Judge throws out case against UK climate activist who held sign on jurors’ rights | Climate crisis

A high court judge has thrown out an attempt by the government’s most senior law officer to prosecute a woman for holding a placard on jury rights outside a climate trial.

Mr Justice Saini said there was no basis for a prosecution of Trudi Warner, 69, for criminal contempt for holding a placard outside the trial of climate activists that informed jurors of their right to acquit a defendant based on their conscience.

The solicitor general had argued that Warner, a retired social worker, had committed contempt by holding the sign that was read by potential jurors at the opening of the trial last April.

The judge said Warner had not harassed, impeded or even spoken to any of those entering inner London crown court last year. The sign referred to a 1670 case known as “Bushel’s case”, in which a jury refused to find defendants guilty despite a judge having instructed them to do so.

He said: “The solicitor general’s case does not disclose a reasonable basis for committal … the conduct did not amount to an act of contempt.”

The judge said: “I refuse the solicitor general permission to proceed and I dismiss the claim.”

Warner, who has waited for a year to find out if she will be prosecuted for contempt of court, said she was feeling “very relieved”.

She said: “I feel it is job done. What I was doing was drawing attention to the terrible repression of conscientious protesters, and in particular climate protesters, by the state.

“If what I did will empower other defendants to use the power to acquit by juries, this will have been the fight of my life.”

In his ruling, the judge said there was a well-established principle in law of jury equity; this was a de facto power to acquit a defendant regardless of directions from the judge. He said the principle in law had been tested in the highest courts in England and Wales, and existed in other countries such as Canada, New Zealand and the US.

Warner’s placard referred to the Bushel case, which is celebrated with a marble sign that is clearly visible in the central criminal court in London. It read: “Jurors, You have an absolute right to acquit a defendant according to your conscience.”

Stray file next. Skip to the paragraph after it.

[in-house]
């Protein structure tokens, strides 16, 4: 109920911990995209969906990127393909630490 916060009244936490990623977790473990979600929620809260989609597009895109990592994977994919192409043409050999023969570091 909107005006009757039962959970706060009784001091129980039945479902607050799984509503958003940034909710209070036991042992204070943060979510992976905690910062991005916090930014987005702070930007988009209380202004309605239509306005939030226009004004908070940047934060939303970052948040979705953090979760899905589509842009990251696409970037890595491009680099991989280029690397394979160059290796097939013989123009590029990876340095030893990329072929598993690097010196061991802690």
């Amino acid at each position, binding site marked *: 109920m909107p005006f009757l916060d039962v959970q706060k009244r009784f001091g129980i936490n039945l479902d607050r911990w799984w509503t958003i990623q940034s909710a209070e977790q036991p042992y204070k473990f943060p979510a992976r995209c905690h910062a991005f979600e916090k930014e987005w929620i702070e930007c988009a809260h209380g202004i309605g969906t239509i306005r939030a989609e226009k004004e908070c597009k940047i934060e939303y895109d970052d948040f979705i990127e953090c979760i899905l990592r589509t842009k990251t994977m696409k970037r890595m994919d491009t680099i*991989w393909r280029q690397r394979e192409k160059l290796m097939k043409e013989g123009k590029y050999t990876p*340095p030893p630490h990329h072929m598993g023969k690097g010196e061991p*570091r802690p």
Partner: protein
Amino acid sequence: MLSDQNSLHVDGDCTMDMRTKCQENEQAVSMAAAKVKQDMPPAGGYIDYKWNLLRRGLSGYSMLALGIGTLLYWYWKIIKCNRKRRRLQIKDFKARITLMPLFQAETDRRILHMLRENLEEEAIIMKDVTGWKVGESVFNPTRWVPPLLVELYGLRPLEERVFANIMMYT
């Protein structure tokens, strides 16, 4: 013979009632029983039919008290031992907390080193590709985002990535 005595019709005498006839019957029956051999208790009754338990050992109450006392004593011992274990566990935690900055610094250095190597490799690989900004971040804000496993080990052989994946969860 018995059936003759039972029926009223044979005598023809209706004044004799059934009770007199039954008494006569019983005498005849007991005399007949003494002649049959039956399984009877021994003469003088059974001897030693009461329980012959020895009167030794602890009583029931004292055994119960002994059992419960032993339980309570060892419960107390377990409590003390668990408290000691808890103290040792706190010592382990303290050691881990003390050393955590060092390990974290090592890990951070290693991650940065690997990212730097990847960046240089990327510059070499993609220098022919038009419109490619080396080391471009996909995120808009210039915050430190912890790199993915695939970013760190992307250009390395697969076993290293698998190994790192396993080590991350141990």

Warner stood outside inner London crown court last April for 20 minutes holding the placard as members of the public, lawyers and potential jurors filed into court. She held the sign on the first day of a trial for public nuisance of members of the climate campaign group Insulate Britain.

The judge in that trial, Silas Reid, referred her action to the attorney general to consider contempt of court.

Last week, the solicitor general argued in the high court that Warner should be prosecuted for contempt for holding the sign.

Aidan Eardley KC told the court a prosecution was needed “to maintain public confidence” in the independence of the jury system and that if Warner went unpunished, similar acts were “likely to propagate”. He claimed Warner had confronted jurors outside court and her actions were an interference with the administration of justice.

Saini said in his ruling on Monday that it was accepted Warner had made no attempt to hinder, compel or even speak to those going into the court.

The decision was welcomed by supporters outside the high court. It came after the UN rapporteur on environmental defenders highlighted the repressive actions taken against climate campaigners in the UK.

Michel Forst said he was alarmed at the restrictions being placed on defendants in climate trials, which include being prevented from mentioning the words climate change or fuel poverty, or the tradition of peaceful protects embodied in the US civil rights movement.

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